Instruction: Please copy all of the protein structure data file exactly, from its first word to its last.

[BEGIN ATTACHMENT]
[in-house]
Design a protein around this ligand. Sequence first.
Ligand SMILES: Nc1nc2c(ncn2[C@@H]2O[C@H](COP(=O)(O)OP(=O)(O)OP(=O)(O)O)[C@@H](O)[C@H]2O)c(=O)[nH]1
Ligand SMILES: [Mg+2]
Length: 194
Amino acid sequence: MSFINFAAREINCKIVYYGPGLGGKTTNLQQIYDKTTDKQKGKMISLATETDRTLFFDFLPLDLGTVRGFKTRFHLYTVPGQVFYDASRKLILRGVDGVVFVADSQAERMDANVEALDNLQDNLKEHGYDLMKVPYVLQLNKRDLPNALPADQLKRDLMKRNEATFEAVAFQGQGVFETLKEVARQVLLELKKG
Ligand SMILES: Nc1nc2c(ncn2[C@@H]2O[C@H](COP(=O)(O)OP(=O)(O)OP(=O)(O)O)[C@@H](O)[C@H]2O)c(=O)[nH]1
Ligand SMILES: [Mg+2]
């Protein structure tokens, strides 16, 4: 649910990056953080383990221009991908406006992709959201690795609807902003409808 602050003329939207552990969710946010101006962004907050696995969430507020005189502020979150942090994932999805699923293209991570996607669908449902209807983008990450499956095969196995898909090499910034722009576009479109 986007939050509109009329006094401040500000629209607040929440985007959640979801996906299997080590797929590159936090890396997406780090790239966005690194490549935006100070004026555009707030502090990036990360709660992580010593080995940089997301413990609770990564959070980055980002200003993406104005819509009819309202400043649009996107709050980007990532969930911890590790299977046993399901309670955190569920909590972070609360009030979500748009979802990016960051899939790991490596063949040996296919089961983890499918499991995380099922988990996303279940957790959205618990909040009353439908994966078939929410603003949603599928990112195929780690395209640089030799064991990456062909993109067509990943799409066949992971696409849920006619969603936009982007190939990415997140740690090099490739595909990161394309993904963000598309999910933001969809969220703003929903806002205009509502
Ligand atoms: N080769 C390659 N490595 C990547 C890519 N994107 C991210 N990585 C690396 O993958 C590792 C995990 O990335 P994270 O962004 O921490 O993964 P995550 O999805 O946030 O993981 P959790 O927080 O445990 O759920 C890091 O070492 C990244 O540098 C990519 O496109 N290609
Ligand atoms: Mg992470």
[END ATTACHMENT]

[in-house]
Design a protein around this ligand. Sequence first.
Ligand SMILES: Nc1nc2c(ncn2[C@@H]2O[C@H](COP(=O)(O)OP(=O)(O)OP(=O)(O)O)[C@@H](O)[C@H]2O)c(=O)[nH]1
Ligand SMILES: [Mg+2]
Length: 194
Amino acid sequence: MSFINFAAREINCKIVYYGPGLGGKTTNLQQIYDKTTDKQKGKMISLATETDRTLFFDFLPLDLGTVRGFKTRFHLYTVPGQVFYDASRKLILRGVDGVVFVADSQAERMDANVEALDNLQDNLKEHGYDLMKVPYVLQLNKRDLPNALPADQLKRDLMKRNEATFEAVAFQGQGVFETLKEVARQVLLELKKG
Ligand SMILES: Nc1nc2c(ncn2[C@@H]2O[C@H](COP(=O)(O)OP(=O)(O)OP(=O)(O)O)[C@@H](O)[C@H]2O)c(=O)[nH]1
Ligand SMILES: [Mg+2]
């Protein structure tokens, strides 16, 4: 649910990056953080383990221009991908406006992709959201690795609807902003409808 602050003329939207552990969710946010101006962004907050696995969430507020005189502020979150942090994932999805699923293209991570996607669908449902209807983008990450499956095969196995898909090499910034722009576009479109 986007939050509109009329006094401040500000629209607040929440985007959640979801996906299997080590797929590159936090890396997406780090790239966005690194490549935006100070004026555009707030502090990036990360709660992580010593080995940089997301413990609770990564959070980055980002200003993406104005819509009819309202400043649009996107709050980007990532969930911890590790299977046993399901309670955190569920909590972070609360009030979500748009979802990016960051899939790991490596063949040996296919089961983890499918499991995380099922988990996303279940957790959205618990909040009353439908994966078939929410603003949603599928990112195929780690395209640089030799064991990456062909993109067509990943799409066949992971696409849920006619969603936009982007190939990415997140740690090099490739595909990161394309993904963000598309999910933001969809969220703003929903806002205009509502
Ligand atoms: N080769 C390659 N490595 C990547 C890519 N994107 C991210 N990585 C690396 O993958 C590792 C995990 O990335 P994270 O962004 O921490 O993964 P995550 O999805 O946030 O993981 P959790 O927080 O445990 O759920 C890091 O070492 C990244 O540098 C990519 O496109 N290609
Ligand atoms: Mg992470």